Pranita Sundaram, CEO of the England Football Association, takes us to interview Emma Hayes of the Lionesses, about gender equality in football

With 12 months of her tenure as England’s head coach already under her belt, Emma Hayes is taking a seat in the extraordinary company of Johan Cruyff, Pep Guardiola and Diego Maradona, as an…

Pranita Sundaram, CEO of the England Football Association, takes us to interview Emma Hayes of the Lionesses, about gender equality in football

With 12 months of her tenure as England’s head coach already under her belt, Emma Hayes is taking a seat in the extraordinary company of Johan Cruyff, Pep Guardiola and Diego Maradona, as an international women’s football coach, to talk about inequality in the game.

Her achievements do not come without pressure. She is only the second woman to manage England, only the second to oversee a European Championship, and that just underlines the wider challenges that face women’s football. Since her appointment, the Lionesses’ results have been only ever-so-slightly more impressive than the dismal performances of their male counterparts. (Women won nine of 10 matches at Euro 2017, while men took home just two.)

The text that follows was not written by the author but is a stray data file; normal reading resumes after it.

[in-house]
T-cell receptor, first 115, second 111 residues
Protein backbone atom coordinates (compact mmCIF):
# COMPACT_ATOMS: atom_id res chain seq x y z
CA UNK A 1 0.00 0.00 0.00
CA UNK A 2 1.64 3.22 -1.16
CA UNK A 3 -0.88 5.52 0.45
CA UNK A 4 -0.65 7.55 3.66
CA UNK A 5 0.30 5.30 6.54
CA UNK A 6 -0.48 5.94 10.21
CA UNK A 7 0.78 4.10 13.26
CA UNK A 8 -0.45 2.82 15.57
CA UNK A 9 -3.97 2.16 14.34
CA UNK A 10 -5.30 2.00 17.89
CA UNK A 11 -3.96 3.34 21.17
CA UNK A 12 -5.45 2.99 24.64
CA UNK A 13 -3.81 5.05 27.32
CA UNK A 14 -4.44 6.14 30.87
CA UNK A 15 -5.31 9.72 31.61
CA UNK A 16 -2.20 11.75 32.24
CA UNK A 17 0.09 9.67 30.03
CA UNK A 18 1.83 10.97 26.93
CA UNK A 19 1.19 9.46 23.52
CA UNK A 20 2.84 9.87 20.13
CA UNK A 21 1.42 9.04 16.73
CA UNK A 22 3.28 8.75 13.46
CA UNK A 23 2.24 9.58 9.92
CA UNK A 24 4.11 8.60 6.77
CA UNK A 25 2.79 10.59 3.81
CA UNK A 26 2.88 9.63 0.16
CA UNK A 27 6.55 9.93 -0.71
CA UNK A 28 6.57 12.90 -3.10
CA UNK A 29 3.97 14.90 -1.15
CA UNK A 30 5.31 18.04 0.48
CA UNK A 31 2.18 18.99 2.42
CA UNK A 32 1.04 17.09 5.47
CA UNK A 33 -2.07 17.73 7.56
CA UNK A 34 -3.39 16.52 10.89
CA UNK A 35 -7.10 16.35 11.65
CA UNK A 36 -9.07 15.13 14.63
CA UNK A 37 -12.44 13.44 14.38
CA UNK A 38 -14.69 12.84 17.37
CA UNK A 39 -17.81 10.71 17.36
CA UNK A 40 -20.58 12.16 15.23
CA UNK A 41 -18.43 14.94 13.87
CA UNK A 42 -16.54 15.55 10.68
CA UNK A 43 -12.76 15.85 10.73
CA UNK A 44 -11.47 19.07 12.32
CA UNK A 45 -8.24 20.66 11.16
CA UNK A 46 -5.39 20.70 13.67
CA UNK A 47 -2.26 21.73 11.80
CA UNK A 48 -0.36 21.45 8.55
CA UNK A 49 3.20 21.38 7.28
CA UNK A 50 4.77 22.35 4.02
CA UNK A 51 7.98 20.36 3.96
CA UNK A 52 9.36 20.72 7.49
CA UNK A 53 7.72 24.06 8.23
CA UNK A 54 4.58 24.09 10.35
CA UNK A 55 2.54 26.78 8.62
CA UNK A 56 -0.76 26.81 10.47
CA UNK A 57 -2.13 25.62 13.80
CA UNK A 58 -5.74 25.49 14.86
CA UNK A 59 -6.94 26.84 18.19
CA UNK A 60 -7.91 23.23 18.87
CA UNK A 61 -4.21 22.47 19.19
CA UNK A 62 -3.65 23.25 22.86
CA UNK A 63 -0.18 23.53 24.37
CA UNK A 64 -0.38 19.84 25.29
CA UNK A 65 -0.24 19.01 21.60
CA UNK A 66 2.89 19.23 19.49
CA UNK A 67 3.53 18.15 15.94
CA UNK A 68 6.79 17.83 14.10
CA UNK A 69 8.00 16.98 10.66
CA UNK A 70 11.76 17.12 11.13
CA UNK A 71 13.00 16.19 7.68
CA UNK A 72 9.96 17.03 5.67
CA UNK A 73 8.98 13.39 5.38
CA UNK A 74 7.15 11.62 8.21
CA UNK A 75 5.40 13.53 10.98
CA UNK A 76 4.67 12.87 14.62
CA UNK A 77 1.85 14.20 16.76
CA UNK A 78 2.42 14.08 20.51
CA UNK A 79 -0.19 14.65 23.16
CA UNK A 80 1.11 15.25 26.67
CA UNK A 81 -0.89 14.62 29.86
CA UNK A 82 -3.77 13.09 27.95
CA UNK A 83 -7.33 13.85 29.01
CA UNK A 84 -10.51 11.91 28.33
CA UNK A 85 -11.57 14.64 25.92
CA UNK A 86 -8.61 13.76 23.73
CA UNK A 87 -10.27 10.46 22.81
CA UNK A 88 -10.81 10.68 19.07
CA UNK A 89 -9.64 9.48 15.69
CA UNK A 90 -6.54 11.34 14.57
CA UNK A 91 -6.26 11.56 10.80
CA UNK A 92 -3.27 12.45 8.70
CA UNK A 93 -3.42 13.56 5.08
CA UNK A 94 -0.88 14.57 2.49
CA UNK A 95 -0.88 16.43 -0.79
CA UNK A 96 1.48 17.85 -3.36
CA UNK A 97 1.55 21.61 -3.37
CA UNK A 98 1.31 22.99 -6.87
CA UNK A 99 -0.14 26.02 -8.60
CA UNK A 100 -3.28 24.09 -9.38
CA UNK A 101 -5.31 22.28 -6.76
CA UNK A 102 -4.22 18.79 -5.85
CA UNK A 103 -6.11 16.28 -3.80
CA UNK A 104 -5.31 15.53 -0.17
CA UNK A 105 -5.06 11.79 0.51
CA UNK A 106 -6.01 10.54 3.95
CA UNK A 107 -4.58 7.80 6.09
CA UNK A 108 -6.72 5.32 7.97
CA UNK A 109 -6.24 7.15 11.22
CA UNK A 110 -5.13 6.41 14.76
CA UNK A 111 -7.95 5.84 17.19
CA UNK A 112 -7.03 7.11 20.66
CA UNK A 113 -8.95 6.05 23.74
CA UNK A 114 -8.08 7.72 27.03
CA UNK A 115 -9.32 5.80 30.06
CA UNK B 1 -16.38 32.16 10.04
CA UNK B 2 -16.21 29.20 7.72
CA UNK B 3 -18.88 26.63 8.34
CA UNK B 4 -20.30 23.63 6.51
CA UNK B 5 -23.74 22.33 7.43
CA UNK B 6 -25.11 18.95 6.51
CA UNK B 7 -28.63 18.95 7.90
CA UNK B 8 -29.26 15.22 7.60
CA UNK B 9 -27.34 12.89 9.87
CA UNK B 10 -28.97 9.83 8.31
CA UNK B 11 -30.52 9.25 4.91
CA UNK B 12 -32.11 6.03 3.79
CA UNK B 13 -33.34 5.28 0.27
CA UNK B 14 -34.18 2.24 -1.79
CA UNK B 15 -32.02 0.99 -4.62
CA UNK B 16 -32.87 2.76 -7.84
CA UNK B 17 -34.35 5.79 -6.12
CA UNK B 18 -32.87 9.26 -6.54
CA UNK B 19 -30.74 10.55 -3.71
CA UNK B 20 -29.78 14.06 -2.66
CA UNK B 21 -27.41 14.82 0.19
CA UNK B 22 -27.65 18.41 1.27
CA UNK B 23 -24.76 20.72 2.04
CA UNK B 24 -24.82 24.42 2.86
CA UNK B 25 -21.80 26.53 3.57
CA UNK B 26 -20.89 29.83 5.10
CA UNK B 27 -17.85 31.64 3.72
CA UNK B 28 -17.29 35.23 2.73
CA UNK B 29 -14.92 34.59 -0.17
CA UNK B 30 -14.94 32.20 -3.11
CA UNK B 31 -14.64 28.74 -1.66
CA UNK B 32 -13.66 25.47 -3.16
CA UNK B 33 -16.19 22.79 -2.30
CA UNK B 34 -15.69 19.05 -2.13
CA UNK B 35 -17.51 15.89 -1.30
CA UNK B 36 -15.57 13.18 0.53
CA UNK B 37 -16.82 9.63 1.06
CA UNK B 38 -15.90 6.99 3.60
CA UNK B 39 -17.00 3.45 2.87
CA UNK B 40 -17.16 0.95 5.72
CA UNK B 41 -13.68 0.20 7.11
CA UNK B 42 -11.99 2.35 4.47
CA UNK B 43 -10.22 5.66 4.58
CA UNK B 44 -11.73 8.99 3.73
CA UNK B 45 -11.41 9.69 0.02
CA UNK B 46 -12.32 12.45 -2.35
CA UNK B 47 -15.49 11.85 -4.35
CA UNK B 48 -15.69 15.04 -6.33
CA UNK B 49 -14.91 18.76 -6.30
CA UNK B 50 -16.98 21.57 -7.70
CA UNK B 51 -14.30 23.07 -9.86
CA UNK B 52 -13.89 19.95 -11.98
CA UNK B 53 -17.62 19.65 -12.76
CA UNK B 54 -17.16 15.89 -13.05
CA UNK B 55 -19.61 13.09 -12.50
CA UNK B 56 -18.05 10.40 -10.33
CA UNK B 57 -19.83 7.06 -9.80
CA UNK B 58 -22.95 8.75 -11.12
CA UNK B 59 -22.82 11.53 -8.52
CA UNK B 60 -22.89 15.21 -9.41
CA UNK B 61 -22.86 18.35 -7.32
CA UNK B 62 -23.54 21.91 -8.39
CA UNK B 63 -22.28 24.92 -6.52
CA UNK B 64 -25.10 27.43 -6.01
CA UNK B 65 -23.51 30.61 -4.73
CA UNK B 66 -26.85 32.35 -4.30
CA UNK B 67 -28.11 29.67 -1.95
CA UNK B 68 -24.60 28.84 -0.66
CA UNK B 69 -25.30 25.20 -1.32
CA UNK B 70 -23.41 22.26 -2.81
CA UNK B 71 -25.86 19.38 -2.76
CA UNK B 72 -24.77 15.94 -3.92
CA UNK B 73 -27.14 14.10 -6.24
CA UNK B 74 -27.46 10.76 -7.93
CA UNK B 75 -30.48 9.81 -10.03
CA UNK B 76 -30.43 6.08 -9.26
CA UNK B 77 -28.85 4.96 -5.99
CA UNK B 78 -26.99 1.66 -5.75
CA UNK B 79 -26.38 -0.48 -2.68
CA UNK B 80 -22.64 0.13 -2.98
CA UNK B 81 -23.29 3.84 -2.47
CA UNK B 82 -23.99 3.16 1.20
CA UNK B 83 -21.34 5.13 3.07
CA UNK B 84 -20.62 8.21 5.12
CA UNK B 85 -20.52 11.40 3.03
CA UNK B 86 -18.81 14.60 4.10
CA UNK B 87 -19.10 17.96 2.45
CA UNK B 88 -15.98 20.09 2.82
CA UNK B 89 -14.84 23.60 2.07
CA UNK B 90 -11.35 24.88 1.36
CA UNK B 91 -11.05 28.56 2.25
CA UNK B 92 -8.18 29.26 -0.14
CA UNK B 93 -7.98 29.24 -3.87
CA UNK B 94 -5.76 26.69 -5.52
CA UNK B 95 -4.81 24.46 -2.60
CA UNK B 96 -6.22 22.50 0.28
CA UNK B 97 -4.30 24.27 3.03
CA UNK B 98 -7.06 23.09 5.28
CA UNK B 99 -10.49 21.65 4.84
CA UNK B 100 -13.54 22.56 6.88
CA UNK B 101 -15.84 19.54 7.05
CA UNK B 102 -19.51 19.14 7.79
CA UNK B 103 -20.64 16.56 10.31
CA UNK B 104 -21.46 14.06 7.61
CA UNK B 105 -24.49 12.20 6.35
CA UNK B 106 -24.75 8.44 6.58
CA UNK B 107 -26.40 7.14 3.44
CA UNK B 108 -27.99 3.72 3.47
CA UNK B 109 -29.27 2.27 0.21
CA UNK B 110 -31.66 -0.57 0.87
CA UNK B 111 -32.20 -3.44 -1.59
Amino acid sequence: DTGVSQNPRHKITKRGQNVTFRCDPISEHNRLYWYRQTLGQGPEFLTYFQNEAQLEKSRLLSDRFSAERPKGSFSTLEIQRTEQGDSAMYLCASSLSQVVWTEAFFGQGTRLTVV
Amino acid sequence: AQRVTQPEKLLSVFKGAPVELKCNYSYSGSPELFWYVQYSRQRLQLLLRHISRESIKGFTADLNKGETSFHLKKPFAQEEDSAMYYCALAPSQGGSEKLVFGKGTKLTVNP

Hayes founded and coaches alongside Unax Vida; the trio has been working together for over 25 years and has created the Women’s Soccer Project, a development and coaching program targeting boys and girls.

The pair — the great, the good and the any-other-woman-fun-you-want — were gathered to discuss equality in the game by Pranita Sundaram, CEO of the England Football Association.

Would the FA be good at establishing its own set of paid coaches for women? What sort of salary structure should govern them? Would it be possible to keep the eye on the ball and push for equal treatment while under pressure of hosting the 2022 World Cup? And what about quotas? Where do you stand on the subject?

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